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Does the article posted by Wally explain why IO-470S are not used a whole lot on aerobatic mounts. Am I wrong on this?
 

Pops

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We are building 4 Bearhawks in my hanger. My Bearhawk is about 3/4 finished, and will have a Lyc-360, non-electic, small 5 amp gell cell battery for handheld radio and GPS. No upholstery except seat cushions. Trying to beat the weight of the prototype. If its not there, it weighs nothing, cost nothing, and is 100% reliable. Dan
 

Southron

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Back in the 1970's I owned a Beechcraft Sierra with the IO-360 engine, It had fuel injection and I LOVED the idea of not having to fiddle with a Carburetor Heat lever every time I pulled the power back.

What I DIDN'T LIKE ABOUT THE 360 was that it was impossible to crank when "Hot."

Back in those days I was flying long X-countrie's on business and usually picked a smaller field to land and refuel.

I would shut the engine down to refuel. Then I could count being stuck on the ground for a couple of hours waiting for the engine to cool down before I could restart it. Needless to say, that "Played Hades" with my schedule for that day.

Mechanic after mechanic worked on it-but no one could ever "cure" the problem.

I finally sold that airplane because I got tired of the "Hassle of the 360."
 

Toobuilder

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What I DIDN'T LIKE ABOUT THE 360 was that it was impossible to crank when "Hot."

I finally sold that airplane because I got tired of the "Hassle of the 360."
I hear this from time to time and even see it on the ramp - owners grinding away on the starter...

However, I have flown injected Lycomings ranging from 180 to 310 HP around the desert southwest almost exclusively for the last 5 years and I can count on one hand the times I could not get an engine to fire on the first try, hot or cold. I've certainly NEVER been stranded! While there may very well have been something wrong with your particular engine/airframe, yours is not typical of the fuel injected Lycomings in general.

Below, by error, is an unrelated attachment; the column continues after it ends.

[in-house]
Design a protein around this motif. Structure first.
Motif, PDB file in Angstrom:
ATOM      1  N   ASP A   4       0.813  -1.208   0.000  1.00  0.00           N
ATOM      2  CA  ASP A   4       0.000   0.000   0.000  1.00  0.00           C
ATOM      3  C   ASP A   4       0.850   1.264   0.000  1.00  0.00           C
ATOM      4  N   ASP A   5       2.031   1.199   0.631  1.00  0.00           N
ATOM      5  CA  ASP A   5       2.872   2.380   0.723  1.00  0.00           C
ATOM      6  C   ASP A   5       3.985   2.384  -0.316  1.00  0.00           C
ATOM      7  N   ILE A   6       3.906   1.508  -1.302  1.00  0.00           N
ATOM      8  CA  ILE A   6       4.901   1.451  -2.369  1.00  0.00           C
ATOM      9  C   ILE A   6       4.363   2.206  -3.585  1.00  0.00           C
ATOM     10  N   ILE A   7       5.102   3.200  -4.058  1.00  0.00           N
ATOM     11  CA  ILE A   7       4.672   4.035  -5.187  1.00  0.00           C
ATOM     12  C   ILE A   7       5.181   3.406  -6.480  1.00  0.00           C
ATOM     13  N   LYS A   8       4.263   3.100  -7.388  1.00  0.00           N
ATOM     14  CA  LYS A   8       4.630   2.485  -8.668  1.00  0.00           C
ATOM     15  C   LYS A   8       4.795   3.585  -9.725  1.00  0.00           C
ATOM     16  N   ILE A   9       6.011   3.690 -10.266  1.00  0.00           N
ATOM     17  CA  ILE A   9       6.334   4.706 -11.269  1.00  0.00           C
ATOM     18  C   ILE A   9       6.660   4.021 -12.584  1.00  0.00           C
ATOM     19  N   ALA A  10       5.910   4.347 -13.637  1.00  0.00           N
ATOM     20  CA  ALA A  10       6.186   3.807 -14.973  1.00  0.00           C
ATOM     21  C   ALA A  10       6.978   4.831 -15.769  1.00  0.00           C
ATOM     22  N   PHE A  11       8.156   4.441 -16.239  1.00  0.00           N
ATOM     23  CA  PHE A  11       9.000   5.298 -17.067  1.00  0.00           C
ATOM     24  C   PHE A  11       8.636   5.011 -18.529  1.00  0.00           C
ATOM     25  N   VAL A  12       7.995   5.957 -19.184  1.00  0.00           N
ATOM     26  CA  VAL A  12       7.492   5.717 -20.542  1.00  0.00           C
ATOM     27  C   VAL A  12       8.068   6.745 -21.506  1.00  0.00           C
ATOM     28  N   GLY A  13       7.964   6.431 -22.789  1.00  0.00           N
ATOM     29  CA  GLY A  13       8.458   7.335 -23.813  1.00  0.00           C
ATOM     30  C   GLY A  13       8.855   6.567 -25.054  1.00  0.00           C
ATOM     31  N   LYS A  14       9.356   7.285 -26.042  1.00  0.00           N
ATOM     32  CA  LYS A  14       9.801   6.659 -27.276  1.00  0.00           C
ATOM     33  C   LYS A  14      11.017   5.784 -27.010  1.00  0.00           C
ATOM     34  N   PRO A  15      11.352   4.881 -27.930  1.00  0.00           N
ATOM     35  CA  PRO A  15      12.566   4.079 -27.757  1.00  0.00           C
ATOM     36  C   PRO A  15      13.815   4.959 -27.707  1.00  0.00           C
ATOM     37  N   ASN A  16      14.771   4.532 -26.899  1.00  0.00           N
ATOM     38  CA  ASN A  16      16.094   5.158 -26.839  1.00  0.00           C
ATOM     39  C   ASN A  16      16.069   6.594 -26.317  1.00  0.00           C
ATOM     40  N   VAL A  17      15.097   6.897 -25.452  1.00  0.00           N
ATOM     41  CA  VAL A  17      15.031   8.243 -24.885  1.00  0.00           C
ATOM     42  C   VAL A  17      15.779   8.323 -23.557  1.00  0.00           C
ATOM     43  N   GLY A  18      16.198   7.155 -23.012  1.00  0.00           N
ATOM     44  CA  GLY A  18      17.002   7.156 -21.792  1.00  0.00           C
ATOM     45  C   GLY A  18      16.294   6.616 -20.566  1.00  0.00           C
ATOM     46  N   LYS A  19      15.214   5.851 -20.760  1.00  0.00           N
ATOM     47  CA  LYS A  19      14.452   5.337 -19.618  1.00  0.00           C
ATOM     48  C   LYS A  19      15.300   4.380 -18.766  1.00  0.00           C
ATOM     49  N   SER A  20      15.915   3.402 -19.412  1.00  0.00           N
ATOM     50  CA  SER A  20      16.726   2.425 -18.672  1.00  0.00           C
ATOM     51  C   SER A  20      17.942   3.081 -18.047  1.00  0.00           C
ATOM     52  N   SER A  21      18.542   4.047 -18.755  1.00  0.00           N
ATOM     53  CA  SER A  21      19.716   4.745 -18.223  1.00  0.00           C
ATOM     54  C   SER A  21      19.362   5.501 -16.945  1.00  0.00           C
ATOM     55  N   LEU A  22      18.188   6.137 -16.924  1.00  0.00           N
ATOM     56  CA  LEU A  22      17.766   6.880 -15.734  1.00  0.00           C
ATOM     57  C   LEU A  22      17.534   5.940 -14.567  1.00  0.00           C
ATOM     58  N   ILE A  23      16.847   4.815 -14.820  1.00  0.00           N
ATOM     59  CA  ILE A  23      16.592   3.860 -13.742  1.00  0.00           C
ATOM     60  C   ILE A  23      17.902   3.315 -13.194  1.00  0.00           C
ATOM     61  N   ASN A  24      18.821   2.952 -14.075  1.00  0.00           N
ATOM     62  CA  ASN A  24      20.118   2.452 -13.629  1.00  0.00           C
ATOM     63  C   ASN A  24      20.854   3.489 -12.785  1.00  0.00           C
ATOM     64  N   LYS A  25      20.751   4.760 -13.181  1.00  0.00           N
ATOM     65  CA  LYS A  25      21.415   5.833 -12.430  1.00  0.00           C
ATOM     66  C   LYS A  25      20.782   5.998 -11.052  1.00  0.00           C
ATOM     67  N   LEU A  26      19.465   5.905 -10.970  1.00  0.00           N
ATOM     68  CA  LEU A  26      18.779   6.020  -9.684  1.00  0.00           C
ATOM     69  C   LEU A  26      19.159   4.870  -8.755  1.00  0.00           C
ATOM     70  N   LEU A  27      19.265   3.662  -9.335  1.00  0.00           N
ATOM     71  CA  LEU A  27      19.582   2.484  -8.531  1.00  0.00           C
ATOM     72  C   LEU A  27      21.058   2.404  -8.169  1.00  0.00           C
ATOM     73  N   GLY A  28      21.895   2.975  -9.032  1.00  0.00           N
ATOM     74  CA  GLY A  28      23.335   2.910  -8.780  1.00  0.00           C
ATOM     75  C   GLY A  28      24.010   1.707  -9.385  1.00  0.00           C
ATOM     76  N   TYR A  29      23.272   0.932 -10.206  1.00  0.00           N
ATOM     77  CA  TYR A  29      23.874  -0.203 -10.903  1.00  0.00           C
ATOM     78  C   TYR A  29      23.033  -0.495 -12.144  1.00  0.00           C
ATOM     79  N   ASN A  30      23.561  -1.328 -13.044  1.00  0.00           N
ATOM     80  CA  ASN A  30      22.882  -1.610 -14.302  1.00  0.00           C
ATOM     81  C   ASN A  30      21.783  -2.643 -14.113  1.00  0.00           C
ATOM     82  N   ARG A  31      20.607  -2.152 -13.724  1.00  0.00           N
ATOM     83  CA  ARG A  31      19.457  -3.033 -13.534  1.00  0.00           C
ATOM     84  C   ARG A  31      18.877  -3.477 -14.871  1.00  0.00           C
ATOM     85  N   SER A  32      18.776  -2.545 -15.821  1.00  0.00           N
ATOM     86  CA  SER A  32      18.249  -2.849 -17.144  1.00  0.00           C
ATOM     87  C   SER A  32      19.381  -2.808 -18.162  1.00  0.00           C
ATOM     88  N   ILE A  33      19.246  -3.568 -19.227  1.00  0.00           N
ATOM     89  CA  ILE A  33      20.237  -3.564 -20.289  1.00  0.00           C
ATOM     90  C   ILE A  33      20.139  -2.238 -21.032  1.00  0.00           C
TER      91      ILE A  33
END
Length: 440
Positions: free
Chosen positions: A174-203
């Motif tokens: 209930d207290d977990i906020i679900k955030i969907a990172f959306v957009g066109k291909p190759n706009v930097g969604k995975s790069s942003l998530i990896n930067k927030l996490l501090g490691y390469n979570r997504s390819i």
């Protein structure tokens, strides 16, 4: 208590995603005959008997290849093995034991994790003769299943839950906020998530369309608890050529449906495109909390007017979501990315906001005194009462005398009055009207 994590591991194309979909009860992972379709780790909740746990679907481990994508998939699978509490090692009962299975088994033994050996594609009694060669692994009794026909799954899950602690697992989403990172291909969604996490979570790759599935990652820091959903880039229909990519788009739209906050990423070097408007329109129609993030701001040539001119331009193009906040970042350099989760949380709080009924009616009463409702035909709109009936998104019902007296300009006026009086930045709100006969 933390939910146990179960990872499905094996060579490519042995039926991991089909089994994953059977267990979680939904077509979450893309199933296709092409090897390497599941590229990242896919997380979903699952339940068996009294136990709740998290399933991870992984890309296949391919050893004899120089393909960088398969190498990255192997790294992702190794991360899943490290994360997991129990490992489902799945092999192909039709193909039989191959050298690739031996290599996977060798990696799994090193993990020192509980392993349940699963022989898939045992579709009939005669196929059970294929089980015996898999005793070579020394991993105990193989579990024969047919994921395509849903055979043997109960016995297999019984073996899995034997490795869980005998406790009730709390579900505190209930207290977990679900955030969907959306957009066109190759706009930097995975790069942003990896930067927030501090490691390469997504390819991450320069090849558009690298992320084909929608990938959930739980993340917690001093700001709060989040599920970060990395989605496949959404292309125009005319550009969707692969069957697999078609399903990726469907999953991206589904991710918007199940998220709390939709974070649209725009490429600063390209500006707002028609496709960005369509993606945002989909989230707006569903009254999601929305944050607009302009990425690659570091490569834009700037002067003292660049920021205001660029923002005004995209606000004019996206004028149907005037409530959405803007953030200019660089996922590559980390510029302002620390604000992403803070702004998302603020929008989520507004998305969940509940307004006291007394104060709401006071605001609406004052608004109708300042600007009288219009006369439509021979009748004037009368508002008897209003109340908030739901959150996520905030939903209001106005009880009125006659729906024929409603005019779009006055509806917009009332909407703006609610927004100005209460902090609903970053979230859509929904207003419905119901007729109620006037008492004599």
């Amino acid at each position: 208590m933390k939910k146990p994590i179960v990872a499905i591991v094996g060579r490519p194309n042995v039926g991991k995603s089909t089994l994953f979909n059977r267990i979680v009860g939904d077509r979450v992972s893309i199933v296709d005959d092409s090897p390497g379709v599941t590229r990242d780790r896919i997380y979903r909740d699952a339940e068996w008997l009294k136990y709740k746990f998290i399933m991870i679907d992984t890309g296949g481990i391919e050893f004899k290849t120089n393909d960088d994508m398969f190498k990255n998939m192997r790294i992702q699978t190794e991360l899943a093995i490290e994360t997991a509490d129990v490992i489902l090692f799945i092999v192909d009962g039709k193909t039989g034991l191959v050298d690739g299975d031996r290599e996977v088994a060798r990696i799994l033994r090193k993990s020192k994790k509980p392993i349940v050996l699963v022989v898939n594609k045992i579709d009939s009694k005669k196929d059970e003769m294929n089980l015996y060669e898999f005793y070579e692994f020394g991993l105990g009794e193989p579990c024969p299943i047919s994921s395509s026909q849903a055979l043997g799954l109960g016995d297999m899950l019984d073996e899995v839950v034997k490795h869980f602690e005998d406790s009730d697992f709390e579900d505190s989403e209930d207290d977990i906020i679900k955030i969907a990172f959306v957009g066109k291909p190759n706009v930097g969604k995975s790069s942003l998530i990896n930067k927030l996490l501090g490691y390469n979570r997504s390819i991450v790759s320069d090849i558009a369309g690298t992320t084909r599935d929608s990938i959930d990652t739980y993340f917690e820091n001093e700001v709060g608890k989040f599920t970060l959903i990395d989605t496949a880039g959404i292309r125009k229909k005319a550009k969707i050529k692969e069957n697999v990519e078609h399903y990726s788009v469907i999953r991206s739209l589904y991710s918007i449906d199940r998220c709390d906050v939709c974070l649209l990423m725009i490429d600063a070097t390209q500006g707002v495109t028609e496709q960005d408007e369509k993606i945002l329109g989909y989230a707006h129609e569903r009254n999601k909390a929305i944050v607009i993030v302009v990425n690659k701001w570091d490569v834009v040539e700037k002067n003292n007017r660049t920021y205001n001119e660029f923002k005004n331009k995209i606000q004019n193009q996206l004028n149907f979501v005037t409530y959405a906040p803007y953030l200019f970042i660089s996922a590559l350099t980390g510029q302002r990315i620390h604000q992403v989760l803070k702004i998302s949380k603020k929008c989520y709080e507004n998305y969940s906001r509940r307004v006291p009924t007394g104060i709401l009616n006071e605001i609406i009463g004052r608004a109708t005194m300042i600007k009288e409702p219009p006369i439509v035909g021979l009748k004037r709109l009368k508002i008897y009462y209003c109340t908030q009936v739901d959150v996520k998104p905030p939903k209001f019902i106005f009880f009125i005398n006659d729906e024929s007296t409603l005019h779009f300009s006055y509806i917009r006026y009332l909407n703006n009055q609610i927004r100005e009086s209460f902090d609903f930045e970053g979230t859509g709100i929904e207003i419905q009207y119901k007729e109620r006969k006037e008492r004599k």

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Southron

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Well, I purchased that Sierra for a really cheap price-that might have been why!

Other than that, it was a GREAT AIRPLANE.
 

Toobuilder

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Perhaps technique? My favorite for a hot start is:

Mixture - ICO

boost - off

Crank engine

Advance throttle to full until engine fires

Engine will fire on the residual fuel and then start to die - Rapidly advance mixture to rich as the engine dies

Engine will catch on the rich mixture and accelerate - rapidly return throttle to idle

Run boost pump as required if pressure fluctuates.


Essentially, you are simply clearing the engine of the flooded condition caused by the injectors boiling off and spitting into the cylinders. 99 times out of a 100, the engine will fire during the clearing process and if you are fast, you can "catch" the engine before it dies. If not, you now have a cleared engine and you can use the "normal" start process.
 

Southron

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It has been so long since I owned that Sierra (30 plus years,_ I forget what "Hot Start" procedure I used [not very successfully.]

Thanks for your reply!!!